Janet Maslin called it an "unexpectedly solid thriller" with a "first-rate, madly photogenic performance" by Pitt; she notes that it is "directed by Alan J. Pakula in a thoughtful urban style that recalls the vintage New York stories of Sidney Lumet" and "handsomely photographed by Gordon Willis". Richard Schickel called it "quite a good movie – a character-driven (as opposed to whammy-driven) suspense drama – dark, fatalistic and, within its melodramatically stretched terms, emotionally plausible"; he said Pakula "develops his story patiently, without letting its tensions unravel." Entertainment Weekly gave it a "B+," calling it a "quiet, absorbing, shades-of-gray drama, a kind of thriller meditation on the schism in Northern Ireland."
A reviewer for Salon.com called it "a disjointed, sluggish picture" with a problematic script that "bears the marks of tinkering": "swatches of the story appear to be missing, relationships aren't clearly defined, and characters aren't identified."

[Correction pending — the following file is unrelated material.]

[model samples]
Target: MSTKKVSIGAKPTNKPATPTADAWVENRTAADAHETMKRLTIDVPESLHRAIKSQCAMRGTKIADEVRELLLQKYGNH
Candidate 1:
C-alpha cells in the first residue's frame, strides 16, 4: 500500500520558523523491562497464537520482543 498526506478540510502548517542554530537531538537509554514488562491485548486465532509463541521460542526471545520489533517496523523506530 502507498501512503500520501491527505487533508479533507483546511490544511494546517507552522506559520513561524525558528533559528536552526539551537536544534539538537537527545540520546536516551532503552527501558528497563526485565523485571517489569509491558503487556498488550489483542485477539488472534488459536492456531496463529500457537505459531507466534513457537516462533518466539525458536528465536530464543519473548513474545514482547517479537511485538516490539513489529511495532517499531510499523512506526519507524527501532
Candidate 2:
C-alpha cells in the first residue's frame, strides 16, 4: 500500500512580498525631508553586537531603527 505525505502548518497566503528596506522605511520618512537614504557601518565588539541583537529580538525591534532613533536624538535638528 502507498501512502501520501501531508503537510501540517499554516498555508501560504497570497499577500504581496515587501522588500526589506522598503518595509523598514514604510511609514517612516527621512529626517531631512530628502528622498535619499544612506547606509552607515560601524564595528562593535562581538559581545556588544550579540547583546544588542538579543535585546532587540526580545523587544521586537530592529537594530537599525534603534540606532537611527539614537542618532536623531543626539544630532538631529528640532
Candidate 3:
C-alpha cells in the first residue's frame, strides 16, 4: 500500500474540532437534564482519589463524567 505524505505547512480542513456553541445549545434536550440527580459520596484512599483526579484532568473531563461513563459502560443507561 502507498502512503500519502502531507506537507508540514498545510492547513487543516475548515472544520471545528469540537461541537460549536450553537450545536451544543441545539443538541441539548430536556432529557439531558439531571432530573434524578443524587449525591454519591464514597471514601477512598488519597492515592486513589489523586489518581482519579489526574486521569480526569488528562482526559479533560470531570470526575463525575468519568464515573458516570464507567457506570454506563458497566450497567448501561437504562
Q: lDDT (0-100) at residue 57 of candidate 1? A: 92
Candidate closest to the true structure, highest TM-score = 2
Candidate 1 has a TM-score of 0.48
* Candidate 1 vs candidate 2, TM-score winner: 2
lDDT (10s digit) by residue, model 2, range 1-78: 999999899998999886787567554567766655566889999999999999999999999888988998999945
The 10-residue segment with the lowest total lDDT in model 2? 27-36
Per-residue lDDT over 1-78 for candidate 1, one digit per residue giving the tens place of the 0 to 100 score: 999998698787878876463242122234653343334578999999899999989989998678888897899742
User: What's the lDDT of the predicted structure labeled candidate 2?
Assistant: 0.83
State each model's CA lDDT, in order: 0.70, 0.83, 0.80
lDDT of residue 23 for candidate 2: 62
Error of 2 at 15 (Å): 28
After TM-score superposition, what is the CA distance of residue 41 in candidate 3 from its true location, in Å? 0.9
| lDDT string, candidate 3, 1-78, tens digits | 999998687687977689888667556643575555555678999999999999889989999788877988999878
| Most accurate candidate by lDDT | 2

Whatever contortions the script went through on its way to the result, Pakula has managed to maintain an admirable concentration on the central moral equation, which posits the Irish terrorist's understandable political and emotional motivations for revenge versus the decent cop's sense of justice and the greater human good.
The film's grossed $140 million, exceeding its $90 million budget, of which $43 million was from North America.
The film was involved in adverse publicity when, two months before her death, Diana, Princess of Wales took 15-year-old Prince William, and 12-year-old Prince Harry, to see the movie. The movie was restricted to movie-goers aged 15 or older, and the Princess persuaded the cinema to let Prince Harry stay despite him being three years underage. She was criticised for flouting the law, for using her influence to persuade the cinema's employees to flout the law, and because of the movie's subject matter (which was said to glamorise the IRA – highly sensitive given that her sons' great-uncle Earl Mountbatten was assassinated by the IRA). She later apologised, saying she was unaware of the film's content.
- "Devil's Own, The - Ethics & Public Policy Center". Ethics & Public Policy Center. Retrieved 2017-01-24.